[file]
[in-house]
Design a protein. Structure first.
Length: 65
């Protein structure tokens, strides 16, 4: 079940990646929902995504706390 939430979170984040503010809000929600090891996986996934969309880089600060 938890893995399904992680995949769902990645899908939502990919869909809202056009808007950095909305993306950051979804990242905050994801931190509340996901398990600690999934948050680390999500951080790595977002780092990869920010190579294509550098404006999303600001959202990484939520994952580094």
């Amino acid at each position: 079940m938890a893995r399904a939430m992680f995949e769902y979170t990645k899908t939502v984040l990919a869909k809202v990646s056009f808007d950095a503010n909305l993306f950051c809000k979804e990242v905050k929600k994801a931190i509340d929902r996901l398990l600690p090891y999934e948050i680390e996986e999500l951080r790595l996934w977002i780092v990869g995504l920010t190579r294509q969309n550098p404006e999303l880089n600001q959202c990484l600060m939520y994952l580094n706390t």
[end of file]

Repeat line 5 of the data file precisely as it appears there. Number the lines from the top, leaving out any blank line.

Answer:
């Amino acid at each position: 079940m938890a893995r399904a939430m992680f995949e769902y979170t990645k899908t939502v984040l990919a869909k809202v990646s056009f808007d950095a503010n909305l993306f950051c809000k979804e990242v905050k929600k994801a931190i509340d929902r996901l398990l600690p090891y999934e948050i680390e996986e999500l951080r790595l996934w977002i780092v990869g995504l920010t190579r294509q969309n550098p404006e999303l880089n600001q959202c990484l600060m939520y994952l580094n706390t």